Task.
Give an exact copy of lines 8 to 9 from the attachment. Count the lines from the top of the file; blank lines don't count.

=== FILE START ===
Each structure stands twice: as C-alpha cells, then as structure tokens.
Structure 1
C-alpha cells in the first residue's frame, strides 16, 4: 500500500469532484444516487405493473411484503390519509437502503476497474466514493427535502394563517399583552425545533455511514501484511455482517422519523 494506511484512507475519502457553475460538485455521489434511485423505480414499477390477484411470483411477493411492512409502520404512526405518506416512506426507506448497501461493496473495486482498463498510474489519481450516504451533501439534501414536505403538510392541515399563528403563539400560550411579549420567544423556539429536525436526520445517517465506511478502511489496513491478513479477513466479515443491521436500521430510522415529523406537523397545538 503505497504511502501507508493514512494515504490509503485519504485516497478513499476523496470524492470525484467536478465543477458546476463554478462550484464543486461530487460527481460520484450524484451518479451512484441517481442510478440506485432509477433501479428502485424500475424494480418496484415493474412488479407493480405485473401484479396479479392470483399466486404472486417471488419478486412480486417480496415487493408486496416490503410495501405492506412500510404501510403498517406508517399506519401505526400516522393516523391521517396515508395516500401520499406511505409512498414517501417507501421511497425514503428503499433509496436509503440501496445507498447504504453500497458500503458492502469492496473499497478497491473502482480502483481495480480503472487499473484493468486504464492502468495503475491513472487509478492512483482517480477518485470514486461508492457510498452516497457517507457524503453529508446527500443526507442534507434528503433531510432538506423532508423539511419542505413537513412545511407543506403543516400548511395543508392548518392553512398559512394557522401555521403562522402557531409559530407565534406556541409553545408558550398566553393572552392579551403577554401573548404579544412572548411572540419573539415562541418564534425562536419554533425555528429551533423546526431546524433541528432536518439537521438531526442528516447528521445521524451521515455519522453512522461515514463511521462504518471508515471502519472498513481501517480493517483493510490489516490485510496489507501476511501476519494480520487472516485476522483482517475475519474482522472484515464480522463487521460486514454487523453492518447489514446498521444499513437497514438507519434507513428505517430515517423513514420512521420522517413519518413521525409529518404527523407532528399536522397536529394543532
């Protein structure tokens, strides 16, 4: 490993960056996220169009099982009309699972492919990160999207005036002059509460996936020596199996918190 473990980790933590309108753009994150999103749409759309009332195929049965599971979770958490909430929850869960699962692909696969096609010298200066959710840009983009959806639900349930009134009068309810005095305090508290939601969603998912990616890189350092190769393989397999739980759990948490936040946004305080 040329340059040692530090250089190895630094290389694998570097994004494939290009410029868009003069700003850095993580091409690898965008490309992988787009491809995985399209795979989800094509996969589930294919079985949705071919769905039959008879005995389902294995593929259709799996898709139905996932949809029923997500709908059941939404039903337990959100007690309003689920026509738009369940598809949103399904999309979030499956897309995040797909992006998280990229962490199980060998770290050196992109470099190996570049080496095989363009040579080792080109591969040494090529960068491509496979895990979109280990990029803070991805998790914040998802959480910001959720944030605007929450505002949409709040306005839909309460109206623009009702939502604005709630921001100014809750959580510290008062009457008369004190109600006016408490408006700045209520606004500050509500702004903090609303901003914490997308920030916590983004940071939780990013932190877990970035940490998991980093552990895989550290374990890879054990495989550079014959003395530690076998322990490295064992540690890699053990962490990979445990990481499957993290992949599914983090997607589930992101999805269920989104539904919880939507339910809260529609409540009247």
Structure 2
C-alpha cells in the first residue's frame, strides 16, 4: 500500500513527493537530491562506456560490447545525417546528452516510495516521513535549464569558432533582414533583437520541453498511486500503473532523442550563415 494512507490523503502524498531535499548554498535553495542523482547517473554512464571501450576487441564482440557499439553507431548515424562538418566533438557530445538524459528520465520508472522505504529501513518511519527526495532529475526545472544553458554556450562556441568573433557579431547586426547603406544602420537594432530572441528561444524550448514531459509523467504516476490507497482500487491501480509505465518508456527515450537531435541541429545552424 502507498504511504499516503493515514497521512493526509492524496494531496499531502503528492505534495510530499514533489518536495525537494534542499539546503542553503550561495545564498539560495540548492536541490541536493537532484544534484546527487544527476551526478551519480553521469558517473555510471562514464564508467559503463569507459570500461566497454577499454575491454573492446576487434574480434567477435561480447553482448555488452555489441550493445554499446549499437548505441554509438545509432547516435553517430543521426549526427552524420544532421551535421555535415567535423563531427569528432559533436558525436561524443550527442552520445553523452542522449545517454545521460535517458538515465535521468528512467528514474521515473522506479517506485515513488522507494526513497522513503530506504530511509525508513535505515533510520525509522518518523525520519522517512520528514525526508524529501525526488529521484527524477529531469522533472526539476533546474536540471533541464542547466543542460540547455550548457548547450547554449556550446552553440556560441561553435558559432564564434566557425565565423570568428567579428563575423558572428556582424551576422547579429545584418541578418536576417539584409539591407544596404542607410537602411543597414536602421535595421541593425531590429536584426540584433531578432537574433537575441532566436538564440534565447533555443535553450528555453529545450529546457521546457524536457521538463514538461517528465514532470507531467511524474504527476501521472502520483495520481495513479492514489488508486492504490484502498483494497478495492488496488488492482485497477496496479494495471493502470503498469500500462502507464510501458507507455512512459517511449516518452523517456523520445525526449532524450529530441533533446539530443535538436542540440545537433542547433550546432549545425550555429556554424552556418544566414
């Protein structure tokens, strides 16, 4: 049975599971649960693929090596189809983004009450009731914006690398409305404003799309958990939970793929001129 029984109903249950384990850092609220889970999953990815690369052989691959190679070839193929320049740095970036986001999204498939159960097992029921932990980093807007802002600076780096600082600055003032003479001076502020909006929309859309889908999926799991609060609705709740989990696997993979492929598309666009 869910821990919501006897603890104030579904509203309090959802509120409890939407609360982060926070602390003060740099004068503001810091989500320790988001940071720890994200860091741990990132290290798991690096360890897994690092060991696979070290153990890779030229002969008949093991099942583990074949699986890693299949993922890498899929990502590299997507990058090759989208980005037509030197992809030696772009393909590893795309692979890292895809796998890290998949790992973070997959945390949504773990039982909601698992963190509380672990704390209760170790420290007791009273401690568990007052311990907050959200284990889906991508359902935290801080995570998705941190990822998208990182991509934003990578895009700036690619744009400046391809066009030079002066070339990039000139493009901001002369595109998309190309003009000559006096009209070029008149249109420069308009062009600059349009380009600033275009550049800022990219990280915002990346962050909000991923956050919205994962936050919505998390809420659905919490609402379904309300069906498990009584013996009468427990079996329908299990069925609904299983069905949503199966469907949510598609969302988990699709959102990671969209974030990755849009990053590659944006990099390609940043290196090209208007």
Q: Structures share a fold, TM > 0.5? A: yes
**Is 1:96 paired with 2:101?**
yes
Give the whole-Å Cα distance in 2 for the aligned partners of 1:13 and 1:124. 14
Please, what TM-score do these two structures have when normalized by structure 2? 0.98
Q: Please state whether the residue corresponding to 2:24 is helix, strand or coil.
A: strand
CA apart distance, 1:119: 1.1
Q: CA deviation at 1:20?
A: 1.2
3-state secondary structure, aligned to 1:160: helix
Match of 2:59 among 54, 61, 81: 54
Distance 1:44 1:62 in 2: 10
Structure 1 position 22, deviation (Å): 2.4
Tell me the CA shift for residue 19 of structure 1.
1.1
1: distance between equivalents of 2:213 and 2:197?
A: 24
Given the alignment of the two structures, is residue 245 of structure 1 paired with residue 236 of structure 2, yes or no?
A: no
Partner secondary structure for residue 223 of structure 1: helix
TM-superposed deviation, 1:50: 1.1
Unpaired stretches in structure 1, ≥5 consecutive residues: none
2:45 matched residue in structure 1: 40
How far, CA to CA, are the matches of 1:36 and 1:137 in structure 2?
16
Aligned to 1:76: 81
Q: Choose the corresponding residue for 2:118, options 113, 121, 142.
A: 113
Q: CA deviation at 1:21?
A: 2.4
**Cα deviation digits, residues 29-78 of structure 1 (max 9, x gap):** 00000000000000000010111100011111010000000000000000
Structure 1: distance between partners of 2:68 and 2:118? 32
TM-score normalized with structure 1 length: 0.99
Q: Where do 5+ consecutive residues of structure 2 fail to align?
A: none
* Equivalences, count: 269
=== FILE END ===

Q: Structures share a fold, TM > 0.5? A: yes
**Is 1:96 paired with 2:101?**